Learning to tolerate thoughts, feelings, and sensations rather than try and get rid of them are a fundamental part of helping yourself with health anxiety.

Find good medical care

Finding  one good doctor that you trust is paramount for people with health anxiety. Find a primary care doctor, gynecologist, and eye doctor etc, and do not shop around after that. Let them know you have health anxiety and you need them to give you one opinion that is clear and concise. Then, do not meet with multiple medical providers or seek further testing then they recommend.

Depending on the severity of your health anxiety these tips may be enough to help you. If not you may need to find the help of a therapist who can engage you in a more comprehensive treatment plan.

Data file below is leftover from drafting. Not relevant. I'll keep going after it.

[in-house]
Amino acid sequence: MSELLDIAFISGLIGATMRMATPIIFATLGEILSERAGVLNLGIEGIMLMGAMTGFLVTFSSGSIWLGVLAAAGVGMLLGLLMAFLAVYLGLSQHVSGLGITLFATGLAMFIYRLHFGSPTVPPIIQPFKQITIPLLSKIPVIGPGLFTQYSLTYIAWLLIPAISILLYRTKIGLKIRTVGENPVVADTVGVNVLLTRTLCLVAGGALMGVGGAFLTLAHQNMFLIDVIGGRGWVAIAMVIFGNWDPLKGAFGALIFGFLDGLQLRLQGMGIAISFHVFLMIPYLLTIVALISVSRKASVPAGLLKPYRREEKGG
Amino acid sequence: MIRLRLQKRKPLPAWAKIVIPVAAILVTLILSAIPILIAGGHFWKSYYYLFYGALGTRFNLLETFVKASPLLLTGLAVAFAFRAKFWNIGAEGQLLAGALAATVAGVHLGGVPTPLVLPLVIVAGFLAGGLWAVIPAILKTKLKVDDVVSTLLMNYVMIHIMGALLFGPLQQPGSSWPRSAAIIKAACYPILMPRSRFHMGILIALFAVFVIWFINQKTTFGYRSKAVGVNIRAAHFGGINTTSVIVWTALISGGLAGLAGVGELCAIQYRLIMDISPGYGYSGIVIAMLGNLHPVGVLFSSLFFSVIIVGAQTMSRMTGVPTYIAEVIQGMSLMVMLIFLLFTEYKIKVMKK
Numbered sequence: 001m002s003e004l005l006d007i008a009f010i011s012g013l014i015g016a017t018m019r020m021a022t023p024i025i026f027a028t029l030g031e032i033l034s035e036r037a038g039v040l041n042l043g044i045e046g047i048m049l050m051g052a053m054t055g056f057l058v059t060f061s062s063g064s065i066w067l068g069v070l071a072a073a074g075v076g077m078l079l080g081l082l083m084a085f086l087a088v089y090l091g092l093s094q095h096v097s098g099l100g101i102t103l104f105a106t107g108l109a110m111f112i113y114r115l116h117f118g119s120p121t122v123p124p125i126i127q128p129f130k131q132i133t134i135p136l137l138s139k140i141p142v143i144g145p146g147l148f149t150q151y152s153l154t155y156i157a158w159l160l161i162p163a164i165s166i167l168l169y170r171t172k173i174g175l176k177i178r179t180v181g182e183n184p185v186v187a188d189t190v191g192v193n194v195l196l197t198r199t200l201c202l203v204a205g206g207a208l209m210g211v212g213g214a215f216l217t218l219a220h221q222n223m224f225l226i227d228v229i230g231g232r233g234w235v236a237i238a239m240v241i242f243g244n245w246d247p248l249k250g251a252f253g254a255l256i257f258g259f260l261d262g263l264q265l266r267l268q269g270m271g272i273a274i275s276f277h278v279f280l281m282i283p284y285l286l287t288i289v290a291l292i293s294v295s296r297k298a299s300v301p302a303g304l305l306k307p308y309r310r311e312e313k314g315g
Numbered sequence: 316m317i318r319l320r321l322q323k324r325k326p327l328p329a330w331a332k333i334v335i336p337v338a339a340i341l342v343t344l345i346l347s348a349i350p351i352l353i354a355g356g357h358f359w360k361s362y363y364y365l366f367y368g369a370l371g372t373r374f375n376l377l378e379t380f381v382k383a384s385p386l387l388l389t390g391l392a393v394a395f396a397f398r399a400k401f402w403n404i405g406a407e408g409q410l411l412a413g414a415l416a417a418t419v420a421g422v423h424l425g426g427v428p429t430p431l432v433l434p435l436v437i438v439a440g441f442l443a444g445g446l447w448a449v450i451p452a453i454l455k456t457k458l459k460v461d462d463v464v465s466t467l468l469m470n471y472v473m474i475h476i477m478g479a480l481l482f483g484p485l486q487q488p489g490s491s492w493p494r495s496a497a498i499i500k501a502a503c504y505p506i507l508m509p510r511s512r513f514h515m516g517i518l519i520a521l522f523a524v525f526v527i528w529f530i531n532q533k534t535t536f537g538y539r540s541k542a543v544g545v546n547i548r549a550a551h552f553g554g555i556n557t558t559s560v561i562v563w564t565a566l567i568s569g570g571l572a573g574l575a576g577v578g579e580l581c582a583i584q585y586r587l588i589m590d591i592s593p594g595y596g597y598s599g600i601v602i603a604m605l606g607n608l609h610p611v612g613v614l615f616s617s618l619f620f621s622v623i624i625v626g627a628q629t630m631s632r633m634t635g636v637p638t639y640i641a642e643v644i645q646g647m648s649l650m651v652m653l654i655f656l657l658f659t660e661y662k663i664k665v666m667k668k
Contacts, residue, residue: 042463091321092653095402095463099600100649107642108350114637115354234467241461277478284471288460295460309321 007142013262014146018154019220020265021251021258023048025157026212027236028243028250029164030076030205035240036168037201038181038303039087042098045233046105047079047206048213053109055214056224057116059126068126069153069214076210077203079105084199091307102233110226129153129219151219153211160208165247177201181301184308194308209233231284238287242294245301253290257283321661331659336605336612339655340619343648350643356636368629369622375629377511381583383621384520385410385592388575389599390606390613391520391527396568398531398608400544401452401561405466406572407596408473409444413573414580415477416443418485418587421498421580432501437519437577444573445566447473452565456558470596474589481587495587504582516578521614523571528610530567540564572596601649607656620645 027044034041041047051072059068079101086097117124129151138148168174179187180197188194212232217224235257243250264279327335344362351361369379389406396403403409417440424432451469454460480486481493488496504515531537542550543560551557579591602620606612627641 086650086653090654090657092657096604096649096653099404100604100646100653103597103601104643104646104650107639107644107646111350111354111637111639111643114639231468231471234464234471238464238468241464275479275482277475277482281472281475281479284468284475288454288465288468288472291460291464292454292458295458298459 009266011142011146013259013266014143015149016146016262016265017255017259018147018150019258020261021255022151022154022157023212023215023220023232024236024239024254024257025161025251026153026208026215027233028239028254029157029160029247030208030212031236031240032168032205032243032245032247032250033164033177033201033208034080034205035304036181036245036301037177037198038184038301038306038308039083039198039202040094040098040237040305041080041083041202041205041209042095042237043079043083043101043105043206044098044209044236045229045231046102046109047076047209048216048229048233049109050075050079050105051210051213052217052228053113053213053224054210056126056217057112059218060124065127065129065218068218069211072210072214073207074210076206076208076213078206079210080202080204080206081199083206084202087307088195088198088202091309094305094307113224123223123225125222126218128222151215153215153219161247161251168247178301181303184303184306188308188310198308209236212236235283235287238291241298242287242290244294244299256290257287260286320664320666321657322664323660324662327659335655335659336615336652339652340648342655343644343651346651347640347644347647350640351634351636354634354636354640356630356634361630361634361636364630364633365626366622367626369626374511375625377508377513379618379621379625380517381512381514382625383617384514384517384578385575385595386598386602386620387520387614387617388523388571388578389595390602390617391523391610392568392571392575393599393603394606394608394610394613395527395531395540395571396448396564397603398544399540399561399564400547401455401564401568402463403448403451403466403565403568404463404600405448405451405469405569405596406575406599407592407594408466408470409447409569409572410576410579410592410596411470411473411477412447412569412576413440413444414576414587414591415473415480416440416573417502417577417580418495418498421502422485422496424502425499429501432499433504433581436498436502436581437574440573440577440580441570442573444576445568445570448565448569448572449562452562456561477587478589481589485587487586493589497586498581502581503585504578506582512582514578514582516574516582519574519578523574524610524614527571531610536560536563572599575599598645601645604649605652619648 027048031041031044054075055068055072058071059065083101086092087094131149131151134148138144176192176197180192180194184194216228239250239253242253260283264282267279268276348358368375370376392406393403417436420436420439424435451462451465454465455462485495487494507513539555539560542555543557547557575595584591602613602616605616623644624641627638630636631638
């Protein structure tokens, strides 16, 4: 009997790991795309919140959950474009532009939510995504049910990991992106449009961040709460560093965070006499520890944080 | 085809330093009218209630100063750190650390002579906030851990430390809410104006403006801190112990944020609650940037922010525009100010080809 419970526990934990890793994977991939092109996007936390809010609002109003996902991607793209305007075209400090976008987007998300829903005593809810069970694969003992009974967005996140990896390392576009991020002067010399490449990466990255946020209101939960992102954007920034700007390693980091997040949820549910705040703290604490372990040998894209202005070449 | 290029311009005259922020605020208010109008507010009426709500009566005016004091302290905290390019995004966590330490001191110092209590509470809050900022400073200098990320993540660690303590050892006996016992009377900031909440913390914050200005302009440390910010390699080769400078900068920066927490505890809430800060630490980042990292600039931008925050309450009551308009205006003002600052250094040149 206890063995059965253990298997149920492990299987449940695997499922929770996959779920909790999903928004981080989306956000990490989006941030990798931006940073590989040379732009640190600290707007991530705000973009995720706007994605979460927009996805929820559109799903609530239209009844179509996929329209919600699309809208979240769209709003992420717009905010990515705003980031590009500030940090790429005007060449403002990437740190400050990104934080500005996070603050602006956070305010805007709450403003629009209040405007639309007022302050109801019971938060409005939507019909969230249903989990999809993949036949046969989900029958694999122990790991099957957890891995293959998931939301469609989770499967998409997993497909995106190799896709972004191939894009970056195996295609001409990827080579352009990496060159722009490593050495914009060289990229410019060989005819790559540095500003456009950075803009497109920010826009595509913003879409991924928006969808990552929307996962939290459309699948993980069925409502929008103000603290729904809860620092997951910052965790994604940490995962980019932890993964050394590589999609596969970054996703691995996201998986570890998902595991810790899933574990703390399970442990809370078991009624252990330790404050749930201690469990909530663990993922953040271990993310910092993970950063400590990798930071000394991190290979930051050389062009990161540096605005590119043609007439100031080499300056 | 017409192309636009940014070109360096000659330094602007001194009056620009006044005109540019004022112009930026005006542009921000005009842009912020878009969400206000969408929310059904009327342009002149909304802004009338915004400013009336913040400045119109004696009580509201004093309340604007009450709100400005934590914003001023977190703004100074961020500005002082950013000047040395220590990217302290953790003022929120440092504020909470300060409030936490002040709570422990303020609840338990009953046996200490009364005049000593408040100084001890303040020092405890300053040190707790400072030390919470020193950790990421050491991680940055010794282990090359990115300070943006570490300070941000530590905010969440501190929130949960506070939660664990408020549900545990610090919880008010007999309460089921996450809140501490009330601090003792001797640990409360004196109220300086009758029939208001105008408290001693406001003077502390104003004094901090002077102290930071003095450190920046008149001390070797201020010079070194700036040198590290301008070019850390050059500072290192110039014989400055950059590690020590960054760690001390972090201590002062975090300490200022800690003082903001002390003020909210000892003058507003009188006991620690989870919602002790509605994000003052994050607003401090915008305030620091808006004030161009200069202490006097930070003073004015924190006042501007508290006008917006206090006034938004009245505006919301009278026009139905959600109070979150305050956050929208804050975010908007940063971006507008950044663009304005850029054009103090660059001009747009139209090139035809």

Learn about Health Anxiety and the Coronavirus


Furer,P.  (2007, March). Cognitive Behavioral Treatment for Health Anxiety and Fear of Death

. Paper presented at ADAA 27th Anual Conference , ST Louis 

Starčević Vladan, & Noyes, R. (2014). 
Hypochondriasis and health anxiety: a guide for clinicians
. New York: Oxford University Press.

Medical information obtained from this website is not intended as a substitute for professional care. If you have or suspect you have a problem, you should consult a healthcare provider.